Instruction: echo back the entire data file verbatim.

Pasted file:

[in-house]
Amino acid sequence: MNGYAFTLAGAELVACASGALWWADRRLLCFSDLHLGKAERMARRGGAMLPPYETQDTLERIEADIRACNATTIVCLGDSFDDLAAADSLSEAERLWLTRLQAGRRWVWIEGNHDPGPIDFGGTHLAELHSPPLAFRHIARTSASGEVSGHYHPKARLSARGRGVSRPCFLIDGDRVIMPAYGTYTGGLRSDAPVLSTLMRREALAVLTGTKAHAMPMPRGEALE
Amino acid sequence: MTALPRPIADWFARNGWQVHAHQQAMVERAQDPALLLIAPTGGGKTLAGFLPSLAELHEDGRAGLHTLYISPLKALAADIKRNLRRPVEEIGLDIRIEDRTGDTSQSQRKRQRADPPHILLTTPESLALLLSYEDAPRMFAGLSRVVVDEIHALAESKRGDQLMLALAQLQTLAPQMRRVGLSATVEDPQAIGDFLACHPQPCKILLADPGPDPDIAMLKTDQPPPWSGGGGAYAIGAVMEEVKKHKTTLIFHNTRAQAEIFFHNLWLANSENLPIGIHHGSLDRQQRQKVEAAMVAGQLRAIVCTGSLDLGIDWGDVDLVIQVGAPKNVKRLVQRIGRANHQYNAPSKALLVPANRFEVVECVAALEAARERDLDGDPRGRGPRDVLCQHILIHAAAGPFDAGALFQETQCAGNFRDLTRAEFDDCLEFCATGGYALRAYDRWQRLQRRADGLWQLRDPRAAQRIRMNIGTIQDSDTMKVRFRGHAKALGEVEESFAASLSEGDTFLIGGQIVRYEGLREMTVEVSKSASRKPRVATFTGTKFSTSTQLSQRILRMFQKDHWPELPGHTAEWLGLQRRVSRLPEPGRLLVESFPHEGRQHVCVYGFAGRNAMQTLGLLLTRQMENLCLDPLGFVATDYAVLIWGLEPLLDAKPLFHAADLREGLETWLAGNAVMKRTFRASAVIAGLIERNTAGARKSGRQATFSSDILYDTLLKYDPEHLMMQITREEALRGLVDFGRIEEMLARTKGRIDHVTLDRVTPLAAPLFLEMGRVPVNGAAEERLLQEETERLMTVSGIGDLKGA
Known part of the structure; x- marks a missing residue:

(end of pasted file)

[in-house]
Amino acid sequence: MNGYAFTLAGAELVACASGALWWADRRLLCFSDLHLGKAERMARRGGAMLPPYETQDTLERIEADIRACNATTIVCLGDSFDDLAAADSLSEAERLWLTRLQAGRRWVWIEGNHDPGPIDFGGTHLAELHSPPLAFRHIARTSASGEVSGHYHPKARLSARGRGVSRPCFLIDGDRVIMPAYGTYTGGLRSDAPVLSTLMRREALAVLTGTKAHAMPMPRGEALE
Amino acid sequence: MTALPRPIADWFARNGWQVHAHQQAMVERAQDPALLLIAPTGGGKTLAGFLPSLAELHEDGRAGLHTLYISPLKALAADIKRNLRRPVEEIGLDIRIEDRTGDTSQSQRKRQRADPPHILLTTPESLALLLSYEDAPRMFAGLSRVVVDEIHALAESKRGDQLMLALAQLQTLAPQMRRVGLSATVEDPQAIGDFLACHPQPCKILLADPGPDPDIAMLKTDQPPPWSGGGGAYAIGAVMEEVKKHKTTLIFHNTRAQAEIFFHNLWLANSENLPIGIHHGSLDRQQRQKVEAAMVAGQLRAIVCTGSLDLGIDWGDVDLVIQVGAPKNVKRLVQRIGRANHQYNAPSKALLVPANRFEVVECVAALEAARERDLDGDPRGRGPRDVLCQHILIHAAAGPFDAGALFQETQCAGNFRDLTRAEFDDCLEFCATGGYALRAYDRWQRLQRRADGLWQLRDPRAAQRIRMNIGTIQDSDTMKVRFRGHAKALGEVEESFAASLSEGDTFLIGGQIVRYEGLREMTVEVSKSASRKPRVATFTGTKFSTSTQLSQRILRMFQKDHWPELPGHTAEWLGLQRRVSRLPEPGRLLVESFPHEGRQHVCVYGFAGRNAMQTLGLLLTRQMENLCLDPLGFVATDYAVLIWGLEPLLDAKPLFHAADLREGLETWLAGNAVMKRTFRASAVIAGLIERNTAGARKSGRQATFSSDILYDTLLKYDPEHLMMQITREEALRGLVDFGRIEEMLARTKGRIDHVTLDRVTPLAAPLFLEMGRVPVNGAAEERLLQEETERLMTVSGIGDLKGA
Known part of the structure; x- marks a missing residue: